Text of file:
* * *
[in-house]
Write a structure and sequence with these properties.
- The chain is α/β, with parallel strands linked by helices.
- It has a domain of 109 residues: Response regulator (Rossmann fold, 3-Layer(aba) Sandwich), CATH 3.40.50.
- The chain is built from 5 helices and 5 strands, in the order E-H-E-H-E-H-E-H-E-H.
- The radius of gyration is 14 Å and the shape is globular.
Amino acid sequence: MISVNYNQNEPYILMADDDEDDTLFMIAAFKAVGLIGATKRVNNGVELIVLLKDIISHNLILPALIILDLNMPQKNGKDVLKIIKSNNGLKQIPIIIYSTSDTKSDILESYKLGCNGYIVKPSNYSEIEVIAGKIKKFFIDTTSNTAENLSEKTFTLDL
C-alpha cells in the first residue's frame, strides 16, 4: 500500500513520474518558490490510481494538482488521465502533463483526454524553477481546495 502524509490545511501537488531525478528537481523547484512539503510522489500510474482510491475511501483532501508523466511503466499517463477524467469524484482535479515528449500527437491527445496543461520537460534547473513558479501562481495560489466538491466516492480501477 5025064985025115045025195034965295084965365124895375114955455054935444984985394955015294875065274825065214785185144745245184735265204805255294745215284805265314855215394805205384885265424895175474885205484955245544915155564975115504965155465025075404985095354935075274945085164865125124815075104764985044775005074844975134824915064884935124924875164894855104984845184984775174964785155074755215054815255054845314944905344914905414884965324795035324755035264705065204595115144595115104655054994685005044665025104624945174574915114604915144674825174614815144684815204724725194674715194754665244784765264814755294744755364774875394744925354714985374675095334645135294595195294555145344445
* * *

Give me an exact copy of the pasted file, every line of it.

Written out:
[in-house]
Write a structure and sequence with these properties.
- The chain is α/β, with parallel strands linked by helices.
- It has a domain of 109 residues: Response regulator (Rossmann fold, 3-Layer(aba) Sandwich), CATH 3.40.50.
- The chain is built from 5 helices and 5 strands, in the order E-H-E-H-E-H-E-H-E-H.
- The radius of gyration is 14 Å and the shape is globular.
Amino acid sequence: MISVNYNQNEPYILMADDDEDDTLFMIAAFKAVGLIGATKRVNNGVELIVLLKDIISHNLILPALIILDLNMPQKNGKDVLKIIKSNNGLKQIPIIIYSTSDTKSDILESYKLGCNGYIVKPSNYSEIEVIAGKIKKFFIDTTSNTAENLSEKTFTLDL
C-alpha cells in the first residue's frame, strides 16, 4: 500500500513520474518558490490510481494538482488521465502533463483526454524553477481546495 502524509490545511501537488531525478528537481523547484512539503510522489500510474482510491475511501483532501508523466511503466499517463477524467469524484482535479515528449500527437491527445496543461520537460534547473513558479501562481495560489466538491466516492480501477 5025064985025115045025195034965295084965365124895375114955455054935444984985394955015294875065274825065214785185144745245184735265204805255294745215284805265314855215394805205384885265424895175474885205484955245544915155564975115504965155465025075404985095354935075274945085164865125124815075104764985044775005074844975134824915064884935124924875164894855104984845184984775174964785155074755215054815255054845314944905344914905414884965324795035324755035264705065204595115144595115104655054994685005044665025104624945174574915114604915144674825174614815144684815204724725194674715194754665244784765264814755294744755364774875394744925354714985374675095334645135294595195294555145344445